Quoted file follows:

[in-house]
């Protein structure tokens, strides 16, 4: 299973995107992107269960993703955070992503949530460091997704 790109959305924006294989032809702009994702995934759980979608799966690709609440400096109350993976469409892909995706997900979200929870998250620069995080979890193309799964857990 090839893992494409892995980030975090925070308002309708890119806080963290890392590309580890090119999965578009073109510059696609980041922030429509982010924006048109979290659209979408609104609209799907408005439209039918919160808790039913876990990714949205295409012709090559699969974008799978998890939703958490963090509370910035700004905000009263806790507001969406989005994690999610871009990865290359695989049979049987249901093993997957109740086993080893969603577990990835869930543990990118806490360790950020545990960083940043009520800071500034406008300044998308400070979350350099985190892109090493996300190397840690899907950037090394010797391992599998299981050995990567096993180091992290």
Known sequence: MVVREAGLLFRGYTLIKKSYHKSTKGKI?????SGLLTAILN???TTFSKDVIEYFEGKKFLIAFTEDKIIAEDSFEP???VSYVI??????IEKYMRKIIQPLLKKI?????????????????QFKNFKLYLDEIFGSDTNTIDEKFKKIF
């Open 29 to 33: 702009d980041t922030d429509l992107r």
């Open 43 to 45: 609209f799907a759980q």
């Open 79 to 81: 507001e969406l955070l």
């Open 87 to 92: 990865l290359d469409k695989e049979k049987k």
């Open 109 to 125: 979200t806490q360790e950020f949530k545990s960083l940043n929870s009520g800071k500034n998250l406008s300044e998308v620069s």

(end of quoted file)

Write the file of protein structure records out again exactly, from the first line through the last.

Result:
[in-house]
């Protein structure tokens, strides 16, 4: 299973995107992107269960993703955070992503949530460091997704 790109959305924006294989032809702009994702995934759980979608799966690709609440400096109350993976469409892909995706997900979200929870998250620069995080979890193309799964857990 090839893992494409892995980030975090925070308002309708890119806080963290890392590309580890090119999965578009073109510059696609980041922030429509982010924006048109979290659209979408609104609209799907408005439209039918919160808790039913876990990714949205295409012709090559699969974008799978998890939703958490963090509370910035700004905000009263806790507001969406989005994690999610871009990865290359695989049979049987249901093993997957109740086993080893969603577990990835869930543990990118806490360790950020545990960083940043009520800071500034406008300044998308400070979350350099985190892109090493996300190397840690899907950037090394010797391992599998299981050995990567096993180091992290």
Known sequence: MVVREAGLLFRGYTLIKKSYHKSTKGKI?????SGLLTAILN???TTFSKDVIEYFEGKKFLIAFTEDKIIAEDSFEP???VSYVI??????IEKYMRKIIQPLLKKI?????????????????QFKNFKLYLDEIFGSDTNTIDEKFKKIF
């Open 29 to 33: 702009d980041t922030d429509l992107r």
């Open 43 to 45: 609209f799907a759980q």
């Open 79 to 81: 507001e969406l955070l």
């Open 87 to 92: 990865l290359d469409k695989e049979k049987k």
């Open 109 to 125: 979200t806490q360790e950020f949530k545990s960083l940043n929870s009520g800071k500034n998250l406008s300044e998308v620069s």